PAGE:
Nashville's Parthenon is the world's only full-scale replica of the original Greek temple, and it houses the tallest sculpture in the Western half of the globe! It's also Nashville's art museum, so inside, you'll find loads of paintings as well. It's worth it just to stroll around the park, and it's close to Music Row, where the recording studios are located, so you can drive around there and look for celebs too!
A trip to Music City isn't complete without buying some music, and Jack White's impossibly cool record store Third Man Records is the place to go to pick up some hand-pressed vinyl. They also have t-shirts and other memorabilia, as well as a drum set from The White Stripes on display. In a little corner of the store there are retro games and novelties, like a photo booth, a mold-a-rama, and a recording studio where you can make and take home your own record.
Nashville's Johnny Cash Museum is supported by Johnny Cash's estate, so they have a pretty great collection of stuff related to his life, including the walls from his old house! Costumes, handwritten notes, and more, combined with videos, pictures, and, of course, music, make this a well-curated tribute to the Man in Black.
There are tons of great places to eat in the trendy neighborhood of East Nashville, but The Pharmacy Burger Parlor and Beer Garden is absolutely worth a visit. It's located in what was once an actual pharmacy, so it's got a fun menu offering German fare and bier as well as burgers, phosphates, malts, and more. The food is awesome, but the real reason to come is to sit out back in the garden.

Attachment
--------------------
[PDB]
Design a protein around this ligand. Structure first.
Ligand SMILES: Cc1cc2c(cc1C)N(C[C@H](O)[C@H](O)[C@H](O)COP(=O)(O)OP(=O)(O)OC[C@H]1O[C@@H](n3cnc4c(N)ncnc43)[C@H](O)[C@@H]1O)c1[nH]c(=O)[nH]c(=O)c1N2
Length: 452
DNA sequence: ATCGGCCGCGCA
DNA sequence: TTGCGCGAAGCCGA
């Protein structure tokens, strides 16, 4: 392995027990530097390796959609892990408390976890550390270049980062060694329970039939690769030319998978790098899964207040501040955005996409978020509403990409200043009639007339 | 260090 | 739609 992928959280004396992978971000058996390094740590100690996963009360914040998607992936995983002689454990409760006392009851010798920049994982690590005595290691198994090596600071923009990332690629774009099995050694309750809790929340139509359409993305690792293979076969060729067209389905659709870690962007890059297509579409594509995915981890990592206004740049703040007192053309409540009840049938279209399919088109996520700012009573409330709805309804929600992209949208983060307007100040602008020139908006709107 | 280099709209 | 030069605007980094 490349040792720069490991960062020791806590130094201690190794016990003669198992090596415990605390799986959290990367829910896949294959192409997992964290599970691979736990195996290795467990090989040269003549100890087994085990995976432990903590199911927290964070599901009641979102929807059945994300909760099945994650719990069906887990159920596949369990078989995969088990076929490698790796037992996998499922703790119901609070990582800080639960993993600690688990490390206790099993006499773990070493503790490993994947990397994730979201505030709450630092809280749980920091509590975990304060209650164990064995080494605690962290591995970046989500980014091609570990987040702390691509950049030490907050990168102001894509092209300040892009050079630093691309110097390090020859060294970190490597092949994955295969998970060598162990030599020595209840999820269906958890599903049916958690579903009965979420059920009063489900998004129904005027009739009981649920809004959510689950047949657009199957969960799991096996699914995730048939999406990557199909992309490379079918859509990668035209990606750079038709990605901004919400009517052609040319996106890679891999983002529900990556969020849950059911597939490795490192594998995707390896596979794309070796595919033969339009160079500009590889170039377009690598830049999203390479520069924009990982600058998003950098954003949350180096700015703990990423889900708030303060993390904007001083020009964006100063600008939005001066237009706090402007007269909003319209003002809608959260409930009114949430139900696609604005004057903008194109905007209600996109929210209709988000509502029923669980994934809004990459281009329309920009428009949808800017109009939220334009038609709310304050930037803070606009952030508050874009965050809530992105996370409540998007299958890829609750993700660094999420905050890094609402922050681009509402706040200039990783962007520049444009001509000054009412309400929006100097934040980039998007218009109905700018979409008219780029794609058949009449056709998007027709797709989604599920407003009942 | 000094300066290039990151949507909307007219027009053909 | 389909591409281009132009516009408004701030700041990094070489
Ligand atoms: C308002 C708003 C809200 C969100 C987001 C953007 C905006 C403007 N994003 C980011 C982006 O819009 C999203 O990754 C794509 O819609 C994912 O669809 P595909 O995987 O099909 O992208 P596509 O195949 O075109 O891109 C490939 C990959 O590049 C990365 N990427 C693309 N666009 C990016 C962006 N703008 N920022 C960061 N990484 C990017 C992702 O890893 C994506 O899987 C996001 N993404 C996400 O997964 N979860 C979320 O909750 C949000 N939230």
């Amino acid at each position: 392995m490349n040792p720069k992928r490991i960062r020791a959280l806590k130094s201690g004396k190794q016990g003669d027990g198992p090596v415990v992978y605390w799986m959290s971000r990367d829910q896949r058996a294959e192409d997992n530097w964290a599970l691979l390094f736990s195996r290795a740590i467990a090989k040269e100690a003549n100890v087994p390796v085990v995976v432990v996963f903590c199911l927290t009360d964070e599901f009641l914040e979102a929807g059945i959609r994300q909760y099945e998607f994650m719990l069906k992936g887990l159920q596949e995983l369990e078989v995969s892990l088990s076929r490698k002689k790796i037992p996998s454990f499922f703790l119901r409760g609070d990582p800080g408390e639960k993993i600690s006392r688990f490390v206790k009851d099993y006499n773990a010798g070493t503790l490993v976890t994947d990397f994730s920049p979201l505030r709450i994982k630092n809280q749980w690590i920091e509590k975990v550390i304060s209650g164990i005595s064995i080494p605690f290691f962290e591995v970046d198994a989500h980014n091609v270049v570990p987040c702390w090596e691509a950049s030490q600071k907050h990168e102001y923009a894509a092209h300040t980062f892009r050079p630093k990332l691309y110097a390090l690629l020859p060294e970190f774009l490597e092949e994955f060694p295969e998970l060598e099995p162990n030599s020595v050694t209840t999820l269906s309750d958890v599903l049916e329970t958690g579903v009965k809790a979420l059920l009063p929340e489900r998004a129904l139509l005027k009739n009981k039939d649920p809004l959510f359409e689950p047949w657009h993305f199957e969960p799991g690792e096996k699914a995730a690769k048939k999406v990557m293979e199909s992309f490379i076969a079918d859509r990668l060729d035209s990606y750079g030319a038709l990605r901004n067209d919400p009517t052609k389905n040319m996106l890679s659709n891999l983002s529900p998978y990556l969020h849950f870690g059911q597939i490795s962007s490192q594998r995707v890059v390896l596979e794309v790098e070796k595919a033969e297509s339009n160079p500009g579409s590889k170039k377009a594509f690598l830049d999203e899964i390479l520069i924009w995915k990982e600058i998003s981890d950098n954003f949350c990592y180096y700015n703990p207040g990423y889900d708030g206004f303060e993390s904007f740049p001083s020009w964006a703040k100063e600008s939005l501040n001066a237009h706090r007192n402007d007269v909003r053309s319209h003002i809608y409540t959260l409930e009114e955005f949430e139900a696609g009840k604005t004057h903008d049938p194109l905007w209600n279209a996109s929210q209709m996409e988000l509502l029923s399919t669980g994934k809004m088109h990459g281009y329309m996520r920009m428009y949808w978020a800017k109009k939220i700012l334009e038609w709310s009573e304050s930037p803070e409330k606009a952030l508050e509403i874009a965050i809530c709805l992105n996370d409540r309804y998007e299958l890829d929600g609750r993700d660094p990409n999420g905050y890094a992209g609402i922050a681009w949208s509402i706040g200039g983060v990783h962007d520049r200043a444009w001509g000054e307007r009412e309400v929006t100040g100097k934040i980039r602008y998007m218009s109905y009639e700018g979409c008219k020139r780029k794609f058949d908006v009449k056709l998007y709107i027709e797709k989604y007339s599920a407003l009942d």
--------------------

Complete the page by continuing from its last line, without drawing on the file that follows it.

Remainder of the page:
Making the pilgrimage to the famed Grand Ole Opry is pretty much required. It doesn't matter what show you see, or if you take the backstage tour or not, it just matters that you go and bask in the history of this legendary concert hall. The long-running show, which has featured some of country music's greatest stars, is pretty much the reason Nashville is what it is today.
Ryman Auditorium is where the Grand Ole Opry was located from 1943-1974, when it was finally coming into its own as an establishment. This is pretty much where bluegrass music was born, and if you'd rather, you can catch a show or a tour here instead of at the Opry.
You can either tour Yazoo Brewing Company's impressive operation, or just stop by for a happy hour drink. Either way, you'll get a pretty good idea of what makes them so popular-- they make a great selection of beers, with solid staples and some really interesting and creative brews that keep people coming back to see what's new.
Nashville doesn't just specialize in chicken shacks and BBQ joints, they have an incredible foodie scene that can also be super refined. Josephine is one of those refined spots. The simple, classically-composed dishes and drinks, like their Nashville hot scrapple, their Brussels sprouts, and more, all have a farmhouse flair.
Save the best for last! If you can, make a reservation for a show at the Bluebird Cafe, because ever since it's gotten shout-outs from the TV show Nashville, this hidden gem is a lot less hidden now. The coolest thing about Bluebird that makes it worth the hype is that everyone there is performing their own songs. Garth Brooks played here before he was signed to a label and got huge, and on any given night, there are sure to be industry professionals looking for the next big thing here.
The best time of year for a 48-hour getaway to Nashville: Nashville's weather is mild most of the spring and fall, and even though it gets hot during the summer, the risk of cold and snow in the winter make the warmer seasons the better times to visit. And, if you're into star-spotting, time your visit to coincide with the Country Music Awards, the CMT Awards, or a big concert or festival.